You are starting a new album; does the release of a “Greatest Hits” mean you will change your signature sound?
Brandt Huseman: We’re still trying to define our signature sound, so it’s very likely what you hear on the next record will sound at least somewhat different than what you have heard before.
Matt Huseman: We have a signature sound?!?
Tony Waddy: As we talked about the concept of the next album, we have ideas about playing with the instrumentation and production, which should make the whole presentation different.  When it comes down to it, though, the voices and hooks will still make it undeniably Splitsville.  Of course if it doesn’t work, the hardcore fans would just blame me for destroying the band whether the changes were my idea or not. (laughs)

Early on you stated, “The kids hate power pop, but they need that sugar shock.” – do you still feel that way about today’s younger pop fans?
MH: As long as they eat their vegetables, sure.
TW: I’d like to think that an appreciation of 60’s pop flows though everyone’s veins regardless of age.  If infectious hooks come from the Beatles or from the latest crop of meticulously tattooed suburban wannabe punk bands, it’s still that needed shock that you’re referring to.  Let’s hope that it’s more of the substance that sticks rather than the cookie-cutter throwaways that all sound the same. I guess the real test is whether or not these “kids” have the patience and ambition to seek out things below the mainstream radar.

Over the years, your sound has gotten grittier as well as more sophisticated. Do you agree?
BH: Yes
TW: Sure. I’d gladly take partial blame for that grittier part.

Has Brian Wilson or Paul McCartney heard “The Complete Pet Soul”? Did you get an opinion from them on its sound and commentary?
BH: We’re friends with some of the guys in Brian Wilson’s band, and they of course know the album. Whether or not Brian Wilson has actually sat down and listened to ‘Pet Soul’ is anybody’s guess.
MH: (Splitsville’s manager) Rob Toomey sent a copy to McCartney’s home address in St. John’s Wood in London, but I imagine it got tossed on the pile. Or tossed out. Your loss, Macca.

What are you listening to at the moment?
TW: (Splitsville bassist) Paul Krysiak’s iPod is my favorite radio station.  The Decemberists, Elbo, Albert Hammond Jr, Death Cab for Cutie, etc. Oh, and KISS always.
MH: Tony’s demos. Lots of hot guitar licks.

Do you feel the state of the music industry is slowly evolving or slowly fading away?
BH: Evolving I suppose. Hopefully for the better. On the plus side it’s easier for independent musicians to get their music heard. On the minus side, it often means giving your music away for free.
TW: It certainly isn’t favoring the interests of the almighty record labels…finally.  The entire landscape has changed and now the onus is on the band to promote since there’s an ocean of things out there competing for a presence in people’s MP3 players.  Fortunately, everyone knows the plight of indie bands so people still are kind enough to pay for most downloads.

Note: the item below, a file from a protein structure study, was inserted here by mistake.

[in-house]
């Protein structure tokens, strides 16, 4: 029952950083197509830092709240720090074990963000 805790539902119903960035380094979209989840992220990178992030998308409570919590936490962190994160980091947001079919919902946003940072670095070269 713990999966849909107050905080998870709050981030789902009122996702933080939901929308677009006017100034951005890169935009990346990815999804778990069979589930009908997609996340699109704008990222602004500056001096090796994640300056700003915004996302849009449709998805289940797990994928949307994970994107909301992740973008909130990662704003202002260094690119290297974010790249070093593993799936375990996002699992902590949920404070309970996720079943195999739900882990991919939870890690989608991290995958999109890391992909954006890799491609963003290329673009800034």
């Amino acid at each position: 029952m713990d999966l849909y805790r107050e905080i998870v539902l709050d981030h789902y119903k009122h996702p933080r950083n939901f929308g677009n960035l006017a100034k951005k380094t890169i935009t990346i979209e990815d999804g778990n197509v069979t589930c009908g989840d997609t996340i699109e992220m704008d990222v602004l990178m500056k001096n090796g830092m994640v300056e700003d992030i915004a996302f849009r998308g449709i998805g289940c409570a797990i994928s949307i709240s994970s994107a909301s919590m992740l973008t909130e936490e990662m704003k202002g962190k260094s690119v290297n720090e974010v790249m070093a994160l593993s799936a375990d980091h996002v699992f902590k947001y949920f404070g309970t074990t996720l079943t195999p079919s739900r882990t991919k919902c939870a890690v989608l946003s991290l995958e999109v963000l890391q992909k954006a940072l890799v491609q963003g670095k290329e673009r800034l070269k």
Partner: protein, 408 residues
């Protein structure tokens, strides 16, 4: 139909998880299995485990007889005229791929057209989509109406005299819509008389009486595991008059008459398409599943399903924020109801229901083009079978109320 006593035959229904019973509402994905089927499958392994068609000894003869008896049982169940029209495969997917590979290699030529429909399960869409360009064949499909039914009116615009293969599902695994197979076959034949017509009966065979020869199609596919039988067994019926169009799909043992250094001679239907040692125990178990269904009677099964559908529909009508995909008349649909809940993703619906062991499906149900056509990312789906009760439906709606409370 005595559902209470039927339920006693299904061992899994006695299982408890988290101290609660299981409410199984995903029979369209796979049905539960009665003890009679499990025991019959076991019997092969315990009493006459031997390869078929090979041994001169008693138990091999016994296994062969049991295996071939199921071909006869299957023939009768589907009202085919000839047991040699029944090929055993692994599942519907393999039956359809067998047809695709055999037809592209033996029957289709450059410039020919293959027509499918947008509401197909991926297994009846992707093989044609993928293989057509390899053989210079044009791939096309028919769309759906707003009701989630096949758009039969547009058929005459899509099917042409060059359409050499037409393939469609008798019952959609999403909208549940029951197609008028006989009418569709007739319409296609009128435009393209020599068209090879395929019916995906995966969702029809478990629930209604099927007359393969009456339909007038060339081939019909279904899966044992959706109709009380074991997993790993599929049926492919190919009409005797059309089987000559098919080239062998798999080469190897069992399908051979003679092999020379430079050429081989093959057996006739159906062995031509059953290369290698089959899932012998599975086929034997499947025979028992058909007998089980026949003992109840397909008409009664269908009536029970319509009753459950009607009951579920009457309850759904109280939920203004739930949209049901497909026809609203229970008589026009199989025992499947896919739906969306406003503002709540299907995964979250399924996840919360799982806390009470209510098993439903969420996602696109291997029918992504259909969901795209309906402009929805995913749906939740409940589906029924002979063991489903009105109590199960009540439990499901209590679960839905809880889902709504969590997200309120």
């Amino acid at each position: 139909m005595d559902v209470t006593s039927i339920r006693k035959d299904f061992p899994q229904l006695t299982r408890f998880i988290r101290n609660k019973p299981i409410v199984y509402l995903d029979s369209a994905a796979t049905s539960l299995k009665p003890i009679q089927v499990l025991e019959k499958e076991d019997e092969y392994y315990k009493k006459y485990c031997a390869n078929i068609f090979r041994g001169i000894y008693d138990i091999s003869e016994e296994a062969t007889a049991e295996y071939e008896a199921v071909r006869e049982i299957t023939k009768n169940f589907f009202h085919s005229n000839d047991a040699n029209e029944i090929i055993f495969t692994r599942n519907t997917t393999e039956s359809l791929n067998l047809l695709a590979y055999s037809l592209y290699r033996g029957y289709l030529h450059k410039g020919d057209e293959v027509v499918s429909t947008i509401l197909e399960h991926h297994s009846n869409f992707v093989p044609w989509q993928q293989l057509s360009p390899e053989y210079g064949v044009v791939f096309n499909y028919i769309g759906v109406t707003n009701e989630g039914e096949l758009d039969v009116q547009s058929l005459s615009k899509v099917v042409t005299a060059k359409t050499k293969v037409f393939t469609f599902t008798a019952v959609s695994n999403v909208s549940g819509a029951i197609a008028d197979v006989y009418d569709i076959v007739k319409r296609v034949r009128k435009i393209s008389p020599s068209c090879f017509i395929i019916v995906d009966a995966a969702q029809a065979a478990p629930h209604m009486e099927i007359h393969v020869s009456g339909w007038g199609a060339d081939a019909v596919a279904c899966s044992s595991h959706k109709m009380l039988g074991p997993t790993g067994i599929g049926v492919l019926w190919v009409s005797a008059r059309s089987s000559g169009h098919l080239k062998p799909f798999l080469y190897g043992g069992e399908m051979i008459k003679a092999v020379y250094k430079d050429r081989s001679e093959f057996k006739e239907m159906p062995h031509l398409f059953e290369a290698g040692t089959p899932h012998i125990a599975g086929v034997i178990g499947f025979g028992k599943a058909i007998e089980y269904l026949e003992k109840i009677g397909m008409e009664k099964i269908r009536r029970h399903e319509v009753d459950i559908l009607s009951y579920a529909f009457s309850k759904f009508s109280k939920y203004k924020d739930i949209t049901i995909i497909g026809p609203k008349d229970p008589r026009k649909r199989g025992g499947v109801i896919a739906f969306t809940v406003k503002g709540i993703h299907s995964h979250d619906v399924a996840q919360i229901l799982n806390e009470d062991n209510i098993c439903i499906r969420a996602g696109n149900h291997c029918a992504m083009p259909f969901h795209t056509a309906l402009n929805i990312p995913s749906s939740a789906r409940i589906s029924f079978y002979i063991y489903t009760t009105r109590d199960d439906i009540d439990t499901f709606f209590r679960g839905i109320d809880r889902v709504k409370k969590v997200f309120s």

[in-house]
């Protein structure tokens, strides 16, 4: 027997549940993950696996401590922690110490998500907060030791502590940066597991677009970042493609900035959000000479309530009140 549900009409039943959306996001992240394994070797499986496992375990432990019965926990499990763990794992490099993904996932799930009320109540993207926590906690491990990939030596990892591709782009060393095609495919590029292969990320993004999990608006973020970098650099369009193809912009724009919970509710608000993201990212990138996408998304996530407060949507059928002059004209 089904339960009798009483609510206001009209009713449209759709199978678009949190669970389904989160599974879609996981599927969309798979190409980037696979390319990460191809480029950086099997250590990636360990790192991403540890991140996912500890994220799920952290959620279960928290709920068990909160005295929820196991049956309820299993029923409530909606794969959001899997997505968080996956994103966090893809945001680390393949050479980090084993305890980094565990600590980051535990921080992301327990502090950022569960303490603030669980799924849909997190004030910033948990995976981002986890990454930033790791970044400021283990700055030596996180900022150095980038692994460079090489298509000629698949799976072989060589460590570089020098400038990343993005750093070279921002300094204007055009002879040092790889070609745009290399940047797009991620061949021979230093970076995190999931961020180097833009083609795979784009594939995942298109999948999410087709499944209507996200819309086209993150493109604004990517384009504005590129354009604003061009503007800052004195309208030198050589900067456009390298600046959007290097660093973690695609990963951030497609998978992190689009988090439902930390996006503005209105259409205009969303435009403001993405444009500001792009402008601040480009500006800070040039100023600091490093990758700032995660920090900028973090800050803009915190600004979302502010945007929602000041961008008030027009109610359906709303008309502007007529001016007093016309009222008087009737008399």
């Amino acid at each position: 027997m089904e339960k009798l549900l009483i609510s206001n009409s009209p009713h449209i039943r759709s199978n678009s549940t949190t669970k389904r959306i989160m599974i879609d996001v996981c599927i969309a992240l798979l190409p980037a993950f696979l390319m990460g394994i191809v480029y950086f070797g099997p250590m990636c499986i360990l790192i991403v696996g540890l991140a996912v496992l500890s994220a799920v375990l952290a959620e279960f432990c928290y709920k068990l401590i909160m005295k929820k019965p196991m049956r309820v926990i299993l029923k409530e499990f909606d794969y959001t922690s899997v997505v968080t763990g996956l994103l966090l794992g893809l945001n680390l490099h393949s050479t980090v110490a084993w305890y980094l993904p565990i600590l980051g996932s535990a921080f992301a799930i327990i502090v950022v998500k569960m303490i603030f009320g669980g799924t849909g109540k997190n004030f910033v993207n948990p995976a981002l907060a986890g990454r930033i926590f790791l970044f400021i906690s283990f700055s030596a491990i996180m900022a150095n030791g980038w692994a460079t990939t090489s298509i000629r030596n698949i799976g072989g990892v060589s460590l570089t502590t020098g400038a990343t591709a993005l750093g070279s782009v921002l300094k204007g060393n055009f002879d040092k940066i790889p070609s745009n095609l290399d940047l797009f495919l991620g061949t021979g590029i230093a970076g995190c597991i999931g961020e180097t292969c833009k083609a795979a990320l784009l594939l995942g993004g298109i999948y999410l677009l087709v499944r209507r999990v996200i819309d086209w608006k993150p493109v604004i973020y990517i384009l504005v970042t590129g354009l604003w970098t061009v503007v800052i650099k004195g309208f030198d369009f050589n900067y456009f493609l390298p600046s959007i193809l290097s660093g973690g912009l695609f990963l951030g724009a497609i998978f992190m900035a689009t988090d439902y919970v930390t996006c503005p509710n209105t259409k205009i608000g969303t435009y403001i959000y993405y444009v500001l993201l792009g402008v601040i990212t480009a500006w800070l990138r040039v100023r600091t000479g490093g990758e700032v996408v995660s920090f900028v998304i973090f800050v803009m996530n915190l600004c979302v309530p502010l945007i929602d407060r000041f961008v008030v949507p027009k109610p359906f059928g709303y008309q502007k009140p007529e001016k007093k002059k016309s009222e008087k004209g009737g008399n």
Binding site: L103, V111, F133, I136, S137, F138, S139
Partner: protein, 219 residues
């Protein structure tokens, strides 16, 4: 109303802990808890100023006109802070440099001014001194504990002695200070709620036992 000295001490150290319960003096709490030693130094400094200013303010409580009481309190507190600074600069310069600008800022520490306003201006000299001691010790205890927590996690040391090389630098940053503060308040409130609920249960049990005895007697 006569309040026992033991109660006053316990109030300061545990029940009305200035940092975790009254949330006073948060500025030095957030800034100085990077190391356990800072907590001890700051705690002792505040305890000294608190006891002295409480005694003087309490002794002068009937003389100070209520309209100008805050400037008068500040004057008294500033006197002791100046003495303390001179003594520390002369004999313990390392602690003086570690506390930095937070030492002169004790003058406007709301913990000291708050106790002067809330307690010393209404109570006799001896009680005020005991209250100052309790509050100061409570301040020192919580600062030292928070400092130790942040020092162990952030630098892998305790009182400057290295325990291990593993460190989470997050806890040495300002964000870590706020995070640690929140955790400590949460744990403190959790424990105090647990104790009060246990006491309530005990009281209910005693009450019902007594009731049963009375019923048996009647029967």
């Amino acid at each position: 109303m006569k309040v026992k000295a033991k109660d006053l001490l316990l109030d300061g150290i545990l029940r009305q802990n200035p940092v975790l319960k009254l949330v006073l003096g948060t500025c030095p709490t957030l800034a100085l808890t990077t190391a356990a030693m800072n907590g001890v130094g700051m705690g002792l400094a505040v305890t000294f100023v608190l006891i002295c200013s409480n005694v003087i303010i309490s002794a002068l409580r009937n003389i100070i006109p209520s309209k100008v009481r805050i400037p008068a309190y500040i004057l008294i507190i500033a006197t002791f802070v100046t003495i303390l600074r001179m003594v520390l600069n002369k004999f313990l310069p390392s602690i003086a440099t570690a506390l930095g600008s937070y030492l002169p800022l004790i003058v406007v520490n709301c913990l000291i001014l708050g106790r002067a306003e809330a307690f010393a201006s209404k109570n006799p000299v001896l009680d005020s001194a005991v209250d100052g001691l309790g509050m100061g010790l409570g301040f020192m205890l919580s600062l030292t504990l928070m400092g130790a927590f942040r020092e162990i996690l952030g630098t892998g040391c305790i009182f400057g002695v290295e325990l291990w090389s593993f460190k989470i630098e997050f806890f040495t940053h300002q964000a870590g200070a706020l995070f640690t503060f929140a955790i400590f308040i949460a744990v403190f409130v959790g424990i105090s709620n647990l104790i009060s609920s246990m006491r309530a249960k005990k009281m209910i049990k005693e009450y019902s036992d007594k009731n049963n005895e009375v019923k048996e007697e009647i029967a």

Ever think of starting your own label?
BH: Funny you mention that – yes. I started a label/collective called Public Records, which may be putting out the next Splitsville release as well as side projects (Able Archer, The Lucky Few, Pale Stars) and maybe some unreleased Greenberry Woods songs.
TW: Now, everyone can BE their own label.  Again, the challenges of cash, promotion & publicity, etc, are still there, but the “middle man” is now an option more than an outright necessity.

Who taught you the most about survival in this business? 
TW: Prince.  He had a jump on everybody when it came to challenging the system and using your own weight and resources to avoid sticking to the rules.  Over the last decade, during a time when it was thought that he was hiding in obscurity, he has made more money from touring and CD sales (dollars per unit) than probably anyone, all while avoiding major labels or even major distribution.  He’s making tons and tons of money and people thought he was crazy when he said he would be avoiding major labels 15 years ago.
BH: Rob Toomey. He’s full of obscure rock quotes and carries a cricket bat around with him. It’s really quite inspiring.

Do you have a most funny/interesting moment on your last tour?
TW: There are several, but the funniest might be when all of us got drunk at this bar after our show in Murcia, Matt and I left separately and both got lost on our way to our hotel.  Matt had to get directions from fans.  I wound up having to catch a cab.  The hotel was directly behind the bar.
MH: Did you know that ‘carne de cerdo nalgas’ is actually pork butt?

When do you expect to have the new album ready? Is there a title yet? 
BH: I’m pretty sure you’ll see a new Splitsville album by Fall 2009. The working title is “Mobtown” but that could change.

Thanks for the awesome interview. I’ll be on the lookout for the nextr Splitsville album.

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